The Right Time to Buy Life Insurance Series: How A Smoker Took the Plunge

The Right Time to Buy Life Insurance Series: How A Smoker Took the Plunge

The Right Time to Buy Life Insurance Series: How A Smoker Took the Plunge

When it comes to purchasing Life Insurance, you’ll often hear the ‘time is of the essence’ pitch. Many Life Insurance agents are trained to use the passing of time as a scare tactic to create urgency to buy. 

While that is by no means pleasant to hear, it does have an element of truth attached to it. 

These pitches usually go something like this: You buy Life Insurance not just with your money but with your health, too. And while you may still have the money tomorrow, your health might not always be on your side. And it’s not always an age thing, either. 

The element of truth in this is that we have seen even some young people in their late 20s and early 30s get denied cover because of ill-health. This could be for a variety of reasons – genetic conditions that you can’t do anything about, but sometimes for an increasingly worsening ill-health situation or lifestyle habits and impacts such as smoking, obesity, high-stress careers, and more. 

Over the next few weeks, I’d like to share a series of case studies with you that highlight the different timing and scenarios in which people did or did not buy Life Insurance. 

Some of these cases are positive – clients either bought Life Insurance in the nick of time, or even when the odds weren’t in their favor, and were protected when they needed it. And some of these cases are of people who chose not to buy, leaving themselves or their loved ones facing dire circumstances. 

Case Study #1: A Smoker Who Took the Plunge 

Prashant was referred to me by a mutual friend. He met with me and explained his need for Life Insurance, why he wanted to put the cover in place, and told me that he had been offered a policy by his bank too. 

I recommended that Prashant go for fairly high coverage, about US$ 10 million. I also suggested a combined structure of Universal Life cover worth US$ 8 million and US$ 2 million worth of Term Life Insurance with Critical Illness Cover.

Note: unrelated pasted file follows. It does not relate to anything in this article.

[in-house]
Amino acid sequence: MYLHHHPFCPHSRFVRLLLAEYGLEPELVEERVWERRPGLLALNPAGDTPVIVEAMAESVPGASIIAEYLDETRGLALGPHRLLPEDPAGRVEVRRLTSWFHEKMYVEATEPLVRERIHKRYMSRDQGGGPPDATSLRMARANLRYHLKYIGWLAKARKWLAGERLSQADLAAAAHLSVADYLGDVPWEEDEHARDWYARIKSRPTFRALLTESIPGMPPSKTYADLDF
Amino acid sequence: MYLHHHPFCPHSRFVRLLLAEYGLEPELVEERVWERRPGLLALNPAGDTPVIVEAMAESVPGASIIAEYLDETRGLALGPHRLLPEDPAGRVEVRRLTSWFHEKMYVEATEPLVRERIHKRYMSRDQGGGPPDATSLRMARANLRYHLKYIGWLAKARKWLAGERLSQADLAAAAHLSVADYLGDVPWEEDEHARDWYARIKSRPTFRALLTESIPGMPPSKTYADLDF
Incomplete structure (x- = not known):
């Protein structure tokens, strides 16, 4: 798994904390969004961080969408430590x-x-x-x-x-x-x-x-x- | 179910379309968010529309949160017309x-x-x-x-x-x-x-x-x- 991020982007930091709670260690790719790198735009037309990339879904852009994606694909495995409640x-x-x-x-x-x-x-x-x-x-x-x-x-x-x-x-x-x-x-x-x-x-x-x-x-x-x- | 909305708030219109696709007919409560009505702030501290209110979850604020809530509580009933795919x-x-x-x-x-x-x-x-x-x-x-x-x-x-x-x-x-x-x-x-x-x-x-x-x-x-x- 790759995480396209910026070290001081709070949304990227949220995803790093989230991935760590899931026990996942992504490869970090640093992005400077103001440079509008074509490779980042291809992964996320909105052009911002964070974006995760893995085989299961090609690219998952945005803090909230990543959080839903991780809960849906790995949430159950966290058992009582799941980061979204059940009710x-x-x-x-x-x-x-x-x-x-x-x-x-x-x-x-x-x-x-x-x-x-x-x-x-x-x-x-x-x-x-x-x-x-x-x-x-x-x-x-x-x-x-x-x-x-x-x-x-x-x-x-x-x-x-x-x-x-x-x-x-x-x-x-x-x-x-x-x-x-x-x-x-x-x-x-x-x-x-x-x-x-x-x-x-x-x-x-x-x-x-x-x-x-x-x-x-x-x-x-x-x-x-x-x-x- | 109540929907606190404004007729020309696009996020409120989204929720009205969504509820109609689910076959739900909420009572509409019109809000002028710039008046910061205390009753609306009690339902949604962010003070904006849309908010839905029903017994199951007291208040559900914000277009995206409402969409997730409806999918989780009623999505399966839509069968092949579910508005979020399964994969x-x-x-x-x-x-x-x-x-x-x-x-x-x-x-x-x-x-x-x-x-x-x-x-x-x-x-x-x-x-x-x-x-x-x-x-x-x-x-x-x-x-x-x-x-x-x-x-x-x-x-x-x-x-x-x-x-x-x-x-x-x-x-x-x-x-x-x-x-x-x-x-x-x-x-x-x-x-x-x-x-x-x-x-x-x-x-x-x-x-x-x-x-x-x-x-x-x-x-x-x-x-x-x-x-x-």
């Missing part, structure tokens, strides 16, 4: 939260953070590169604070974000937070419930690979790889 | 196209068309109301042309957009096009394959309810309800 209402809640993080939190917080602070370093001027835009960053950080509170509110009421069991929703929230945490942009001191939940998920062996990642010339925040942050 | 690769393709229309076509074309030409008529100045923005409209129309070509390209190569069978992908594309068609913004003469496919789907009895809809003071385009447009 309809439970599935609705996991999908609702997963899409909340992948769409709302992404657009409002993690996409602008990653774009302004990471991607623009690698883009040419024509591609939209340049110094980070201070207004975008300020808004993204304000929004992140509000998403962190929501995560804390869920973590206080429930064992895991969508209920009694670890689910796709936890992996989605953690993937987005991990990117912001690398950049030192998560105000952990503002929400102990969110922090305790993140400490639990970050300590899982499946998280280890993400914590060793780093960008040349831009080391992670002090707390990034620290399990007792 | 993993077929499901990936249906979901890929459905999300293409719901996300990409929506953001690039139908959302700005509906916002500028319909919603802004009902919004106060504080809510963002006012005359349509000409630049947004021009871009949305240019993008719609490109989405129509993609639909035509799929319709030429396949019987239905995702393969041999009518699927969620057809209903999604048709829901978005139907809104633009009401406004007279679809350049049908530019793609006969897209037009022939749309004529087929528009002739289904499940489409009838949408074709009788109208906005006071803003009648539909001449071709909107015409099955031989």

Prashant decided to go with the recommendation and opted for a short payment term of about 10 years on the Universal life contract and 35 years on the Term Life contract. 

Life Insurance Premium Ratings  

Because Prashant was a smoker at the time, he was offered ‘Standard Smoker’ rates by the Insurance company. 

Insurance companies typically have different bandwidths. When we first make a policy recommendation to a client, we give them ‘Standard’ ratings. The next best rating could be ‘Standard Plus’ which would bring premiums down by about 1-2%. The next rating on the ladder would be ‘Preferred,’ bringing the premiums down a further 5-6%. And the ultimate price point for a client would be a ‘Super Preferred’ rating, an additional 1-2% cheaper. All in all, going from ‘Standard’ ratings to ‘Super Preferred,’ you could see roughly an 8% drop in premiums – pretty significant! 

Prashant decided to proceed with the Standard Smoker pricing and get his policies in place right away. His premiums at the time worked out to about US$ 220,000 per year for the Universal Life cover, payable for 10 years. We also put in place Prashant’s Term Life Insurance policy worth US$ 2 million with Critical Illness cover of $1,250,000, and his premiums for that worked out to approximately US$19,400.